For the first time in 2017, the HIE- ISOLDE linear accelerator began sending beams to an experiment, marking the start of ISOLDE’s high-energy physics programme for this year.
The HIE-ISOLDE (High-Intensity and Energy upgrade of ISOLDE) project incorporates a new linear accelerator (Linac) into CERN’s ISOLDE facility (which stands for the Isotope mass Separator On-Line). ISOLDE is a unique nuclear research facility, which produces radioactive nuclei (ones with too many, or too few, neutrons) that physicists use to research a range of topics, from studying the properties of atomic nuclei to biomedical research and to astrophysics.
Although ISOLDE has been running since April, when the accelerator chain at CERN woke up from its technical stop over winter, HIE-ISOLDE had to wait until now as new components, specifically a new cryomodule, needed to be installed, calibrated, aligned and tested.
Each cryomodule contains five superconducting cavities used to accelerate the beam to higher energies. With a third module installed, HIE-ISOLDE is able to accelerate the nuclei up to an average energy of 7.5 MeV per nucleon, compared with the 5.5 MeV per nucleon reached in 2016.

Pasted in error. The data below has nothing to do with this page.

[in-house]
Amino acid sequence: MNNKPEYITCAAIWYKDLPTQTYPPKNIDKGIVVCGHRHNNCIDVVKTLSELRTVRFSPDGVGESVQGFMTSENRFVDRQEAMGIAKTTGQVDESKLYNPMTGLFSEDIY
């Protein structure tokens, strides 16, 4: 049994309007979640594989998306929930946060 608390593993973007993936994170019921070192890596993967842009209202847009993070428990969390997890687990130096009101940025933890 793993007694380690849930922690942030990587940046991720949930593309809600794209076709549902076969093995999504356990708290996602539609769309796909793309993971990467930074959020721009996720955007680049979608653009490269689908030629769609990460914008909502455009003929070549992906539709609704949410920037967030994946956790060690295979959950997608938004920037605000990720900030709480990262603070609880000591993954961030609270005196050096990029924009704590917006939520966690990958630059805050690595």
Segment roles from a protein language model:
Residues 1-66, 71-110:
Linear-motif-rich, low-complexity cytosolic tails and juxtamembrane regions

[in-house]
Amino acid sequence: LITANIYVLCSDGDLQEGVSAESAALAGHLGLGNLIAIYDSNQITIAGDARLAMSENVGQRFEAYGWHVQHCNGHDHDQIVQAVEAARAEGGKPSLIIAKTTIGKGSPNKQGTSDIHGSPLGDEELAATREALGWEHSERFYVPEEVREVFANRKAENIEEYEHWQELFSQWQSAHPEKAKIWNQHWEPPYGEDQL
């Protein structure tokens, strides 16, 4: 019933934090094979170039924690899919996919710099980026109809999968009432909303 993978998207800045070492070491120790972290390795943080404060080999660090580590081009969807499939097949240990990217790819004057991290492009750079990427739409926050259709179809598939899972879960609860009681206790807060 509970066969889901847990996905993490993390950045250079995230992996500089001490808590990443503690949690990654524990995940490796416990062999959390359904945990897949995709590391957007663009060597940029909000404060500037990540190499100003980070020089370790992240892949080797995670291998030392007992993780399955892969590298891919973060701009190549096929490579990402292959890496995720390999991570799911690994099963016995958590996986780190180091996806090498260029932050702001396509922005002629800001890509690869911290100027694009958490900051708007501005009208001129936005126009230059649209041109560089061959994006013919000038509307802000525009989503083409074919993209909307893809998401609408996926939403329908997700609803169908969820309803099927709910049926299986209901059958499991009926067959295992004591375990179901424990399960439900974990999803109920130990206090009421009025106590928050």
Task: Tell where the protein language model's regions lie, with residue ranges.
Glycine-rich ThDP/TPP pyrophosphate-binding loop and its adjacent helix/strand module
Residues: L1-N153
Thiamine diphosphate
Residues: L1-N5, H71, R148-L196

This higher energy also allows physicists to study the properties of heavier isotopes – ones with a mass up to 200, with a study of 206 planned later this year, compared to last year when the heaviest beam was 142. From 2018, the HIE-ISOLDE Linac will contain four of these cryomodules and be able to reach up to 10 MeV per nucleon.
“Each isotope we study is unique, so each experiment either studies a different isotope or a different property of that isotope. The HIE-ISOLDE linac gives us the ability to tailor make a beam for each experiment’s energy and mass needs,” explains Liam Gaffney, who runs the Miniball station where many of HIE-ISOLDE’s experiments are connected.
The HIE-ISOLDE beams will be available until the end of November, with thirteen experiments hoping to use the facility during that time – more than double the number that took data last year. The first experiment, which begins today, will study the electromagnetic interactions between colliding nuclei of the radioactive isotope Selenium 72 and a platinum target. With this reaction they can measure whether or not the nuclei is more like a squashed disc or stretched out, like a rugby ball; or some quantum mechanical mixture of both shapes.